Is Donald Trump a Trojan Horse?

Trump looks like victory to us anti-establishment voters on the outside, but what lurks inside of this man? Is he as hollow as his mouth is big? (You could land an airliner in that thing and still have room to park the USS Nimitz.) The reservations I’m going to express about Trump in this short series this week are based solely on his political actions, not on the brassy stuff that I personally dislike. That’s why I cleared those concerns out of the way first to make it clear that I acknowledge that a huge ego could be what it takes to combat the establishment.

Much to my disappointment, Trump’s actions run completely opposite of his words every time we see him make an actual political decision. While Trump sounds so bold in his political incorrectness that I might be inclined to think as many others do that he was actually trying to throw the election by being as unlikable to the majority as he can be, I know and he knows (and you do, too) there are a lot of angry people who need someone to voice their anger.

Trump knows he can tap into a huge vault of anger; and, as a media mogul himself, he knows better than anyone how to play the media for free publicity by being outrageous — something for which he’s always had a near whacky knack. We’ve seen him do it for years, even when he was not running for office or when he ran and quit. He’s done it to keep the Trump name, as a brand, always in the media, always on the public mind, always associated with “greatness” and “wealth” because that is the kind of real estate he develops and sells. He caters to the wealthy. That’s his brand, and nothing could give it more cache than the presidency of the United States.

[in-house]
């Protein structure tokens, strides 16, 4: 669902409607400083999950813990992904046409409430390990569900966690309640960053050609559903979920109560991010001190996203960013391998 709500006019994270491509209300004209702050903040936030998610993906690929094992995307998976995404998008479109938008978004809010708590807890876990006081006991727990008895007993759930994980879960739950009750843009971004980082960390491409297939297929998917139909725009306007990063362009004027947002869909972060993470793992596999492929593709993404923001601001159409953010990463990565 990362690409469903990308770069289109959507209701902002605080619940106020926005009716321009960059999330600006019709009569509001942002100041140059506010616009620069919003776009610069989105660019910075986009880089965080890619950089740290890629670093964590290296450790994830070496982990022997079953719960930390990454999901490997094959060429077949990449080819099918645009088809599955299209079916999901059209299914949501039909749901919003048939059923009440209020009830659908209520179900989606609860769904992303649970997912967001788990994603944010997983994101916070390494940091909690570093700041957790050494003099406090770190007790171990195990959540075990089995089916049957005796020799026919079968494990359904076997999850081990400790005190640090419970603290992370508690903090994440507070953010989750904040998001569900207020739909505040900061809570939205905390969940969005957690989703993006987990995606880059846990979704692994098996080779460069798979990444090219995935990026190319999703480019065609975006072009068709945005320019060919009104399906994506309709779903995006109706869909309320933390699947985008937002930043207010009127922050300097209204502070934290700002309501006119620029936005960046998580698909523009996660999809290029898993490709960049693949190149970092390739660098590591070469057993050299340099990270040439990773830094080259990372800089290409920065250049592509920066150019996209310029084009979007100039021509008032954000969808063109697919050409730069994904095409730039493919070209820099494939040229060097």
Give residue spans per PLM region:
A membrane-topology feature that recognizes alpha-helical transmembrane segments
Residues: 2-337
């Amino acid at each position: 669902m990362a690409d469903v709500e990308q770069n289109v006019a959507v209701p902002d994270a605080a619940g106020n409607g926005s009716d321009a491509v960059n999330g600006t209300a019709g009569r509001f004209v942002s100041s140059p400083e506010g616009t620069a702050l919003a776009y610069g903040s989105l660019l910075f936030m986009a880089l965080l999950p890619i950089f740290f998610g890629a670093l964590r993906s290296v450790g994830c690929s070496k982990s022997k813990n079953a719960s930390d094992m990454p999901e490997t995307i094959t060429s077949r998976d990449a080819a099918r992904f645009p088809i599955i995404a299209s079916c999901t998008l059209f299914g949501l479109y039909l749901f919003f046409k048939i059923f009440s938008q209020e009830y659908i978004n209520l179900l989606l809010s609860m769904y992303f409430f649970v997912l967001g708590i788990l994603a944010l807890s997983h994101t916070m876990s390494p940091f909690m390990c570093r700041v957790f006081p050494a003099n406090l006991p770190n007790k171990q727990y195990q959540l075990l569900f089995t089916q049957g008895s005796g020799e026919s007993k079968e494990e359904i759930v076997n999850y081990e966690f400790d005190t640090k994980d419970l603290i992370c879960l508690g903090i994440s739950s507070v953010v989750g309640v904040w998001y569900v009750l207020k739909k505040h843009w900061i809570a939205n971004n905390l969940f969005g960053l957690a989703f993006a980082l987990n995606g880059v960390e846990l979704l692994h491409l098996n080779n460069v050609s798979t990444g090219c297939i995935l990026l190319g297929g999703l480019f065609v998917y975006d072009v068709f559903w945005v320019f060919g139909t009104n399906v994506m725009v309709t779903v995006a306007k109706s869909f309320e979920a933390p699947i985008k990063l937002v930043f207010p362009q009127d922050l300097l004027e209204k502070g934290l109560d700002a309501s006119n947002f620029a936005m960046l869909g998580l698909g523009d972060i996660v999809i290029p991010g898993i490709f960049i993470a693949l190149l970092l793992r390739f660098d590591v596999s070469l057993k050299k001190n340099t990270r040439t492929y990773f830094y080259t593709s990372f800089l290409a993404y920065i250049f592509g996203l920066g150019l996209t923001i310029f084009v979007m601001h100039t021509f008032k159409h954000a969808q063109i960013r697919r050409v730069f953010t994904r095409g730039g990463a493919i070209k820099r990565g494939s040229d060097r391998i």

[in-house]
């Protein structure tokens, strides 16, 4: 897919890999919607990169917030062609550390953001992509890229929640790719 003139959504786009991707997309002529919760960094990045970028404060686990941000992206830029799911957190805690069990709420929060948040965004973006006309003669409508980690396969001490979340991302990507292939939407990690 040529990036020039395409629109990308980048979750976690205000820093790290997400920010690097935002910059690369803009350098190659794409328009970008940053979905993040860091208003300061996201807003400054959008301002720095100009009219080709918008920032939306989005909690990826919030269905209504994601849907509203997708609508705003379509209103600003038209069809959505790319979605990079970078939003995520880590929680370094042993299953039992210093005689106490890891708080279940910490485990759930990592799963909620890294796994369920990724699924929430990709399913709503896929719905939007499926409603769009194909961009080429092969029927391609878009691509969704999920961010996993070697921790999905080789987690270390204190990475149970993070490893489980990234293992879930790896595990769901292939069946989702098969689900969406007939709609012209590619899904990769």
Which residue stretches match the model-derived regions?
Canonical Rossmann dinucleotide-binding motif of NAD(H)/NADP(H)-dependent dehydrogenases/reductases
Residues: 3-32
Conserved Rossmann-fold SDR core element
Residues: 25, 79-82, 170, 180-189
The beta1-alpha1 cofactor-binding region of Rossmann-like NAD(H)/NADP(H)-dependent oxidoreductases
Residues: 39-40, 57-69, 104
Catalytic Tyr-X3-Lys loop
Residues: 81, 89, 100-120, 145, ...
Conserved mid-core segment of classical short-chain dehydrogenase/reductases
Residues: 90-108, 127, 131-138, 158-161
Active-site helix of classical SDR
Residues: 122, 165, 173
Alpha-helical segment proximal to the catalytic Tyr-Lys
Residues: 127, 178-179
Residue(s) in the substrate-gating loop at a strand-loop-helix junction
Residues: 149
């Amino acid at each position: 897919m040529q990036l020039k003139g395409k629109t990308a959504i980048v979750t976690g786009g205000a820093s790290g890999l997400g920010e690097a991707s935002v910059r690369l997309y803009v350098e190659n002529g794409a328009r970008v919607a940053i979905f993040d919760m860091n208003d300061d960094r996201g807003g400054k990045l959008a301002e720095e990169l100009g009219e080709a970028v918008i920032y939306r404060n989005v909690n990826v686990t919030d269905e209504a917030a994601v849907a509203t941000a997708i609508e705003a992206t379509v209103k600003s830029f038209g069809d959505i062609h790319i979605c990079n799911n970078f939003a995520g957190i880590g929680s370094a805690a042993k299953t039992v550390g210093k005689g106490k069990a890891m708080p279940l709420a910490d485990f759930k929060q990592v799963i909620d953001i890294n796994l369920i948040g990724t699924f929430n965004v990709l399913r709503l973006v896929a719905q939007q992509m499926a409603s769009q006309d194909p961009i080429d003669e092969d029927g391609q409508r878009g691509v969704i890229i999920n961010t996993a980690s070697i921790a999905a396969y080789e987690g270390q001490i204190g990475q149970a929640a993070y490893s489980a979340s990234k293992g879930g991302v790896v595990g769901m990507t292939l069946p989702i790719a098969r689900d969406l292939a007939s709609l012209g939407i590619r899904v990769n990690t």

While those are my reservations, it’s his latest political actions that concern me. In the few places where we have seen Trump make actual political decisions so far, his choices have been 100% pro-establishment as I pointed out in a recent article titled “Whirled Politics: Would you rather be Trumped or Pillaried?” I wished very much to see something different than what I am seeing.

From Trump’s choice of a 180-proof neocon vice presidential candidate to an embedded Goldman-Sachs campaign financial manager to the Heritage Foundation’s dream team of budget advisors he assembled, Trump has selected people who wholly embody the establishment. Everything these people have ever done or said has been in support of the Wall Street one-percenters, in support of financial deregulation, and, for the most part, in support of the military-industrial complex at the cost of any debt imaginable. The team he creates says everything about where he intends to head.

To be clear, I am for a strong military and not against all wars. I believed and still do believe that going to war in Afghanistan was right and justifiable, but it was stupid later on to divert available resources from Afghanistan to Iraq, which had nothing to do with 9/11 nor with sponsoring terror against the US nor with buy zolpidem from india developing weapons of mass destruction. We should have spent that money winning the peace in Afghanistan by building something good there in the place of what we tore down. Instead, we created a power vacuum in the now disintegrated nation or Iraq, which is rife with internal rivalries and, so, became the ideal incubator for ISIS. That is exactly the kind of result I told friends I feared when I first heard King George Bush II wanting to engage Iraq in a war.